58 / 54
      65 / 47
      67 / 39

      Support for abused pit bull may change shelter adoption policy

      It won't be until Tuesday when 10-day quarantine against "Champ," a pit bull at the center of an animal cruelty case in Harlingen, is lifted.

      The dog's owner has been charged in the case.

      Police accuse Jose Gonzales of punching his pet in the face, leaving the dog bloodied and cut, according to a report.

      The Harlingen Humane Society has been flooded with calls from people interested in adopting "Champ" should a judge decide the owner can't have him back.

      But the shelter doesn't adopt pit bulls to the general public.

      It's a rule the shelter's manager, Frank Quinones, says dates back years.

      "It's been something they've worried about as far as a liability issue," he said. "Especially because of the ones from the area that come in... They're not really to sure about their past."

      "Champ" has 2 strikes against him.

      It's not just his breed but also because he's been reportedly abused.

      Frank says only specialized handlers or rescue groups can potentially save him from being put down.

      "We've run into a lot of people who are upset... And all I can say is that... We're working hard to a point where we can adopt them out... And hopefully all of this exposure can pave the way," Frank explained.

      Animal lovers and pit bull fans alike have turned to social media outlets like Facebook to try and save "Champ."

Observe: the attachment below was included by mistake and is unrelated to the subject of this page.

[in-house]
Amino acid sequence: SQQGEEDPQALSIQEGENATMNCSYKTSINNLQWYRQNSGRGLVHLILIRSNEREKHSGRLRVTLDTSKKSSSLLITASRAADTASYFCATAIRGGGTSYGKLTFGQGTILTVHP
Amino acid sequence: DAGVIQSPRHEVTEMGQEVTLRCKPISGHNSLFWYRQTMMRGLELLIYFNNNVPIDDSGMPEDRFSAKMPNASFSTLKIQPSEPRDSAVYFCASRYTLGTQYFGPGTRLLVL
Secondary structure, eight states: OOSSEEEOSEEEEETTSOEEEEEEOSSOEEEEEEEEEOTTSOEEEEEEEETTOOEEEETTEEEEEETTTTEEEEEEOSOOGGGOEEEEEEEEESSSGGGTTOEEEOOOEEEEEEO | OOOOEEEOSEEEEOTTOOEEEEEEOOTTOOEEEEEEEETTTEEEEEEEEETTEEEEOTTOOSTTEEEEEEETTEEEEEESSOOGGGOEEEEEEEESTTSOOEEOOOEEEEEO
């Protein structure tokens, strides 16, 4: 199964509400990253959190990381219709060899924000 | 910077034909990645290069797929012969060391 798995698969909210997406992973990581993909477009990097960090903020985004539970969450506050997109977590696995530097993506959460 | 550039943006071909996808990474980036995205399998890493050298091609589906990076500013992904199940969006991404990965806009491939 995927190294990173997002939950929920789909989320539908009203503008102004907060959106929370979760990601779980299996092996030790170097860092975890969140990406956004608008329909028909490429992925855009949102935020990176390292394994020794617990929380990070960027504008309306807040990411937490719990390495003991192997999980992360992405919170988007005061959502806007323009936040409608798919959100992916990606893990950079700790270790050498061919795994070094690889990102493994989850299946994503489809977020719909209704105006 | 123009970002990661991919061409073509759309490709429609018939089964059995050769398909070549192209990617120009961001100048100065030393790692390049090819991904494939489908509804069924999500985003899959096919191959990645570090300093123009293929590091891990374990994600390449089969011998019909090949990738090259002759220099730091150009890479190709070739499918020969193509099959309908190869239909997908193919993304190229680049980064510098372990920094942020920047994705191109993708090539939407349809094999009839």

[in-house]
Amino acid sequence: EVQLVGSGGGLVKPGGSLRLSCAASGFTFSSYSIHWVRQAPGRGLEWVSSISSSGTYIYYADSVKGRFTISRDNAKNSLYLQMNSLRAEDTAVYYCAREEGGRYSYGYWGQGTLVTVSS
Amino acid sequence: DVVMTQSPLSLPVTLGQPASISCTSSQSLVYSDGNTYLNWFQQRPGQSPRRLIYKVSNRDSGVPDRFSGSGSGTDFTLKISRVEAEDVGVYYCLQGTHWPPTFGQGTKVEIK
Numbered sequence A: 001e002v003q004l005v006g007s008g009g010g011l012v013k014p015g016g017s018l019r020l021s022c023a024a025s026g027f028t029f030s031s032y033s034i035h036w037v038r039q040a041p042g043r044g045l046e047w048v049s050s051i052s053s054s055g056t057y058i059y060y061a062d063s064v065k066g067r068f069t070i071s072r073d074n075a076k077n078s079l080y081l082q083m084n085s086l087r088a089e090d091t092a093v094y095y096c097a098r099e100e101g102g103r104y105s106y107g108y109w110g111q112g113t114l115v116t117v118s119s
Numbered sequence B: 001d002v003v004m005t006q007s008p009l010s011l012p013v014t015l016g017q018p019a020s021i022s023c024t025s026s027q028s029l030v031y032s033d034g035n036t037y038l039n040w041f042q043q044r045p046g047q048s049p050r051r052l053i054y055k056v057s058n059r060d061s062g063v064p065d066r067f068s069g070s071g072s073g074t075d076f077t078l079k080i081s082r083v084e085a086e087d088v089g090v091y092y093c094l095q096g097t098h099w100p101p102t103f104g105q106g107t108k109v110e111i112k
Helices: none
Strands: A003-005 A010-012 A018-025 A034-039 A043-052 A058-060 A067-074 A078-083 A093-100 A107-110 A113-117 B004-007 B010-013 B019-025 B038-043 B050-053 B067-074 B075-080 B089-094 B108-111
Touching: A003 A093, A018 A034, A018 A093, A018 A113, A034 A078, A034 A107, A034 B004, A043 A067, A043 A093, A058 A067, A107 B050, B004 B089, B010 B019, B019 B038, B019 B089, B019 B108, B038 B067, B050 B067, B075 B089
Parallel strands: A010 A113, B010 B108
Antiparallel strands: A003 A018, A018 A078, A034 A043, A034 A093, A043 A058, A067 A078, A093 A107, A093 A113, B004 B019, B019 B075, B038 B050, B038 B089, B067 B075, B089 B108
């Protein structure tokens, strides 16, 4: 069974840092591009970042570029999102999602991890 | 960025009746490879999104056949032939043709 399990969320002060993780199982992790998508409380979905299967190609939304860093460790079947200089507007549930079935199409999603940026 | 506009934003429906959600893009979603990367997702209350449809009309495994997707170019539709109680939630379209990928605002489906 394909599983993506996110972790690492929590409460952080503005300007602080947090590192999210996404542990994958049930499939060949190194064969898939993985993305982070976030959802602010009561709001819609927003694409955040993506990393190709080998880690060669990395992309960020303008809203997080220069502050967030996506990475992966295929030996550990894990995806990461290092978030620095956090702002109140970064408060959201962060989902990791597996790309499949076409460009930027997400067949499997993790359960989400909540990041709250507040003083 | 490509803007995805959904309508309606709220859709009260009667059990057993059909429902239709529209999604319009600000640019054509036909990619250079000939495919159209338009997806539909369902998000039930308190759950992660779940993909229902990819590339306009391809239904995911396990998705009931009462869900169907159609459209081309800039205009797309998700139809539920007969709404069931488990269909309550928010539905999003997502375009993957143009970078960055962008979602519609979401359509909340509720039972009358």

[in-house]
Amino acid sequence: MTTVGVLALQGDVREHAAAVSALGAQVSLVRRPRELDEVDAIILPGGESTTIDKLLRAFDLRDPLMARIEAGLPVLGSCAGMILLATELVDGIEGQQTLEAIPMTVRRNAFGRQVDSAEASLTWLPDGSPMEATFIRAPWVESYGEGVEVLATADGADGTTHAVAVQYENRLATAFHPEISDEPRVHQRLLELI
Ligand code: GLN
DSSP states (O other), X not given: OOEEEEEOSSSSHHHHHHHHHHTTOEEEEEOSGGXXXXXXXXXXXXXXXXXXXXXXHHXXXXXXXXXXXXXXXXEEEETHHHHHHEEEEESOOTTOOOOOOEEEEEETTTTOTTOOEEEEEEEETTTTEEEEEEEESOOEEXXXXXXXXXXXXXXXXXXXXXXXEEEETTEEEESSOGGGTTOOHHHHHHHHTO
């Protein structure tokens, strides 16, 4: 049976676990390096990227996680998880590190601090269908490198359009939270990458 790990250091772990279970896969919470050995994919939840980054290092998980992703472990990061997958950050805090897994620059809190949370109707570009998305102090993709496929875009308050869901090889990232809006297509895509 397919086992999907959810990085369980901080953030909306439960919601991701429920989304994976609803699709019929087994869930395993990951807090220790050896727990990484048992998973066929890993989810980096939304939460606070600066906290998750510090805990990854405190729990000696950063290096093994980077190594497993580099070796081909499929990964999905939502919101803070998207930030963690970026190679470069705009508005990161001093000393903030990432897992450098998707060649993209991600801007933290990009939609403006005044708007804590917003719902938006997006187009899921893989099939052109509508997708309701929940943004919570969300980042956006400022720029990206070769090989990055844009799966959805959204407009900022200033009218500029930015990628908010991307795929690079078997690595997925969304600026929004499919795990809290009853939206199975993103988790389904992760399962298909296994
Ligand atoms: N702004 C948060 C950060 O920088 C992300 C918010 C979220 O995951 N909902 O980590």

"Gentle," one person posts.

      "Loving animals," explains another Facebook user.

      Janie Vega sums it up with 2 words: "...Best dog..."

      The Harlingen Humane Society isn't alone with its policy to not adopt pit bulls to the general public. A shelter in Edinburg has a similar rule in place.

      A shelter in Brownsville does adopt them out.

      So why does the breed get the short end of the leash?

      Frank believes negative media exposure plays a large part in the fear.

      "I guess it's because it's been sensationalized... Because it makes more news when a pit bull bites than a Chihuahua... Even though a Chihuahua can be just as viscous," he said.

      "Champ" has been a model resident.

      His daily report card shows well behaved.

      The same goes for other pit bulls currently at the shelter.

      And while all of their futures remain up in the air, it's "Champ" who may ultimately lead the way to change.

      Click here to join Ryan Wolf TMs Facebook page